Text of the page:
Before anyone gets too excited by Haines’ upcoming critique of Van Til at SES (including Haines himself, I might add), it might be useful to point out a common mistake he has made in discussion of Van Til thus far.
The philosopher or apologist who is well acquainted with the modern and post-modern philosophy of Immanuel Kant, G. W. F. Hegel, Edmund Husserl and Martin Heidegger will recognize that Van Til’s system of apologetics is very much dependent upon these sources.
He notes this in the body of his announcement for his SES talk – but it might be illustrative to you to note that in his 28pg paper on Van Til, he says the following in footnote 21:
It is interesting to note that there seems to be a link between Van Til’s notion of interpretative structures and the hermeneutics of being of Martin Heidegger. There has never been a study showing that Van Til was influenced by Heidegger (and other post-modern existential thinkers such as Kierkegaard), and the frequent cry some presuppositionalists is that Van Til was not influenced by any non-Christian philosophers (In fact, if he had been, this would have been potentially detrimental to his system. Van Til, himself claims that he is not influenced by Idealism, Hegel, Existentialism or Phenomenalism, but only by simple Calvinism (Cf. Van Til, DF, 23.).).
He goes on to say, in the same footnote:
Secondly, it is evident, contrary to Van Til’s protests, that Van Til was indeed influenced by different aspects of the popular philosophical systems of his time (Cf. Van Til, DF, 137, 19fn80, 137, 113.) The attentive reader cannot help but notice the subtle similarities between Heidegger’s hermeneutics of being, and Van Til’s Presuppositionalism. That there is a probable connection between Van Til’s system and Heidegger’s hermeneutics of being can be shown as follows: It is common knowledge that Van Til was influenced by the Dutch reformed school of philosophy (There is no doubt that Van Til was influenced by Abraham Kuyper, but he was also influenced by thinkers such as Herman Dooyeweerd and Dirk Vollenhoven, both of whom were heavily influenced by Neo-Kantian philosophy, Heidegger, and Husserl (cf. Craig G. Bartholomew and Michael W. Goheen, Christian Philosophy: A Systematic and Narrative Introduction (Grand Rapids, MI: Baker Academics, 2013), 243-244.) Also important for this question is that Van Til was familiar enough with Heidegger’s writings to be able to write a scathing attack on the Heideggerian notion of god (cf. Cornelius Van Til, “The Later Heidegger and Theology”, in The Westminster Theological Journal , 26:2 (May 1964), 121-161. Interestingly enough, Van Til’s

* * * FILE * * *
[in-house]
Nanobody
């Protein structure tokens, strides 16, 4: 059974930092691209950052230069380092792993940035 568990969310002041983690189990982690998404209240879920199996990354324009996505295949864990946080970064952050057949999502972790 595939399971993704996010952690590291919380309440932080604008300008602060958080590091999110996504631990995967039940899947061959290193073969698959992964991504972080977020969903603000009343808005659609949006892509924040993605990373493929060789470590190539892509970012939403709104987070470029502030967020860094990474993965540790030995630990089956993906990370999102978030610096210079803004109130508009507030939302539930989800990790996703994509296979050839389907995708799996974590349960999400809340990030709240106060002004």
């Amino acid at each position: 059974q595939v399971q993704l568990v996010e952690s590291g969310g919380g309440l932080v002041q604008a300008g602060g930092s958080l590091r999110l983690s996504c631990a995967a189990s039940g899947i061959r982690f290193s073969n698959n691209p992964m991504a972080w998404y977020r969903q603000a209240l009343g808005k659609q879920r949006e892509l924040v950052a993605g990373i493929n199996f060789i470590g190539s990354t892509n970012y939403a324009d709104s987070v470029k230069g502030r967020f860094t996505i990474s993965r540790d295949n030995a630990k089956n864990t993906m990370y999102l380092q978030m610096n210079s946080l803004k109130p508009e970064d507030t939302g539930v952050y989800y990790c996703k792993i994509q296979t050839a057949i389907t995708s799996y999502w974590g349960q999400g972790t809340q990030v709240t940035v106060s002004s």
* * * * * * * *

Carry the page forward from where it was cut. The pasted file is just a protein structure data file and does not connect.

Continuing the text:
Presuppositionalist system shares, with Existential Phenomenology and Relativism, some basic foundational doctrines, namely the Kantian critique of knowledge (without going into too much detail we can note Van Til’s use of the Kantian distinction between the phenomenal world and the noumenal world (Van Til, IST, 83, 113. Cf. Van Til, DF, x, 32fn15, 71fn46, 91.)), and the hermeneutics of being (which is essentially the notion that all people necessarily interpret the world that presents itself to them through categories that they inherit in one way or another). For example, we find the influence and combination of Heidegger’s hermeneutics of Being, and of the Kantian critique of knowledge, in the works of a well-known Canadian post-modern theologian, Myron Bradley Penner, “In one sense, of course, hermeneutics is a kind of epistemology — at least insofar as it is a reflection on the nature and limits of human knowledge. (Myron Bradley Penner, The End of Apologetics: Christian Witness in a Postmodern Context (Grand Rapids, MI: Baker Academics, 2013), 70. Cf. Ibid., 11, 29, 67-68, 127, 147.) Let it be noted that to claim that Van Til’s dependence on the works of Kant and Heidegger therefore falsifies his system would be a genetic fallacy. However, if it turns out that the positions of Kant and Heidegger run into serious difficulties, then it may be possible that Van Til’s system falls prey to these same problems.
So, there are no studies which say this. But here’s an attempted argument. Fair enough. But it fails.
“It is evident” – ipse dixit.